On several occasions this year I’ve reasoned that the strike price on the Fed put has been lowered and that the active option is now a Fed call:
The Fed May Actively Seek To Deflate Asset Prices
An article in the Wall Street Journal reinforces this point as explicitly as I’ve seen.
“Fed officials want higher borrowing costs and lower asset prices to slow economic activity by curbing spending, hiring and investment. They expect that to reduce demand and lower inflation over time.”
The author, Nick Timiraos, is the WSJ’s Fed correspondent and widely seen as one the Fed has on speed dial when it has something to say to the financial markets. Timiraos goes on to suggest one of the concerns leading the FOMC to resist even reducing the size of a putative December rate hike is that it might spark a rally in stock prices. In short, the Fed doesn’t want stock prices to rise, and likely wants them to decline more before entertaining even a first layer of “pivot”.
Until then, the directional pressure on the rates and the dollar is up, and consequently the directional pressure on prices for virtually every other asset is down in dollar terms. US stocks may be the the most front and center in the Fed’s spotlight, and arguably the most vulnerable both in terms of valuation and sensitivity to the pace of the economy, but monetary policy is not a precision targeting instrument. So the fondness for a heathy allocation to cash I first expressed back in January and reiterated several times since continues to hold.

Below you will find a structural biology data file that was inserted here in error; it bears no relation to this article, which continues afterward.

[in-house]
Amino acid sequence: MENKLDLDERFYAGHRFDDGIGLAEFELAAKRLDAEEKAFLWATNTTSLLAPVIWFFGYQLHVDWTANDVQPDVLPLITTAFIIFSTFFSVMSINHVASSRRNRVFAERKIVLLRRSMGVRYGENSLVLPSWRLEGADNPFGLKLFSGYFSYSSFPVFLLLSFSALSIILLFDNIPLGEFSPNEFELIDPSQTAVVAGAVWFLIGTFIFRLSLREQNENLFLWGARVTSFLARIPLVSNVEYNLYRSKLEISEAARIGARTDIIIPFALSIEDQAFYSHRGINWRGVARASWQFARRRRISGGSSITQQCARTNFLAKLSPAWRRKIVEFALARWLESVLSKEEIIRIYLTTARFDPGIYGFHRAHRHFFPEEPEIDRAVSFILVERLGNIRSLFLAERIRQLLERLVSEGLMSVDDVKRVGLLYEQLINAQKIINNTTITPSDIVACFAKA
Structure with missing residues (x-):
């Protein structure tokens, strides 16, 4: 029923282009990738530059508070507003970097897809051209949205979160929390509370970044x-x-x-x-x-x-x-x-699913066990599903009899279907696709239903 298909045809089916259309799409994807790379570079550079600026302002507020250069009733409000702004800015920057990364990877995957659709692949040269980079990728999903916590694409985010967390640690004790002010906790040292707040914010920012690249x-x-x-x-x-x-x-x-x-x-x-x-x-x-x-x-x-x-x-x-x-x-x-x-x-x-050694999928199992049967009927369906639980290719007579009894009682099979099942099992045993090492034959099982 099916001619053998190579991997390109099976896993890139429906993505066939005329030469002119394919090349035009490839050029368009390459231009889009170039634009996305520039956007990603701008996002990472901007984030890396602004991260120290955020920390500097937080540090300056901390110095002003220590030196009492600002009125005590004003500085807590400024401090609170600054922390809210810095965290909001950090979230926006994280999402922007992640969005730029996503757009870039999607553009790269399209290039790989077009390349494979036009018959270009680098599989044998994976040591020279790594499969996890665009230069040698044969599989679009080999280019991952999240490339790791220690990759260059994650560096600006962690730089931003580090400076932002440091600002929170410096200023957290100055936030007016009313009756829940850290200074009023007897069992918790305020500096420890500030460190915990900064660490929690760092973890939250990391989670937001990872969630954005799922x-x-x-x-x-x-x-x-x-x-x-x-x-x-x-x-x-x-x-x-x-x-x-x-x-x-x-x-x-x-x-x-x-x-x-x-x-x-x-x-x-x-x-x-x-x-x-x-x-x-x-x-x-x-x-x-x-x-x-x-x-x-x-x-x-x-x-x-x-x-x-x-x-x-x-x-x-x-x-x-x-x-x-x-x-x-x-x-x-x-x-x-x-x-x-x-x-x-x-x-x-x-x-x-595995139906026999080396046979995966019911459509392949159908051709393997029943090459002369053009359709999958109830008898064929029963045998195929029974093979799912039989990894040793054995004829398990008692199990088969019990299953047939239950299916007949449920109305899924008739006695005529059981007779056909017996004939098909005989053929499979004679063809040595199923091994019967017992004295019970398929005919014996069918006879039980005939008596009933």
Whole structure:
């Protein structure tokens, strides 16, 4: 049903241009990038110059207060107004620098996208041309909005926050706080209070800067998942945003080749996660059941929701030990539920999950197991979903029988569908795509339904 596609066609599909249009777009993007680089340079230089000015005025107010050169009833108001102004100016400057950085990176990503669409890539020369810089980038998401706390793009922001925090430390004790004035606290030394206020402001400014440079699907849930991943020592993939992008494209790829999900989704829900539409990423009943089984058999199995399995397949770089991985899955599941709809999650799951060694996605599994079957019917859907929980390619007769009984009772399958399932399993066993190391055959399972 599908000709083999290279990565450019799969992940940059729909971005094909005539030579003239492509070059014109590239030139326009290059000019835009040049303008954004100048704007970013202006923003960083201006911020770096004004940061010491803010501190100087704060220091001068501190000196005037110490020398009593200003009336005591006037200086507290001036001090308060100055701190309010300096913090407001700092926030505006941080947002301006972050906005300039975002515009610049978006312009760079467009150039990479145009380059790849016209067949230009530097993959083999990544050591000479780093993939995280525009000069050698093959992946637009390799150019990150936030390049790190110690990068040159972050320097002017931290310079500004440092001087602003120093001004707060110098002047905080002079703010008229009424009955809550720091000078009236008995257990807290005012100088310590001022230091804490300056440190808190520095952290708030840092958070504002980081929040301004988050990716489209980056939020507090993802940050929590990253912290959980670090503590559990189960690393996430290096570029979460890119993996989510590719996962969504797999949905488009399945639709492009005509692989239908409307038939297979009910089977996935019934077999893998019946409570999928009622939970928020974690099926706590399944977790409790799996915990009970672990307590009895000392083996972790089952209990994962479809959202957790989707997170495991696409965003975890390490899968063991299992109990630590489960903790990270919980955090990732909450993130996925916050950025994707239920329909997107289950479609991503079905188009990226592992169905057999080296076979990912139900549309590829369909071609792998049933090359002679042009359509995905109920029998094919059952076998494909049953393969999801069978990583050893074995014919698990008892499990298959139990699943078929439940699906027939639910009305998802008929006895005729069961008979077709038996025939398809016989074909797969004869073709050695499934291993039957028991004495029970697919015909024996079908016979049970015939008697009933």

Another facet worth bearing in mind is how the Fed’s reaction function is impacting the relationship between stocks and bonds. Realizing that consumer prices and wages are lagging indicators, the Fed is using stock prices as a leading proxy. Rising stock prices therefore put more upward pressure on the trajectory of policy rates and correspondingly upward pressure on bond yields and downward pressure on bond prices. Although I expect bond prices to reverse to the upside sometime soon, that seems unlikely to happen until stock prices undergo another meaningful leg to the downside. 4.5% on the ten year is not at all out of the question.
I do want to reiterate however that this is mostly an issue of US stock prices. Due in part to historic dollar strength, foreign stocks as a whole are back at prices offering decent forward return prospects. They can certainly fall more, and almost certainly will if US stocks do, but as we discussed in Where In The World Are The Cheap Stocks, they offer a much more comfortable prospective return in relation to the risk. I continue to favor the US for bonds, and the rest of the world for stocks.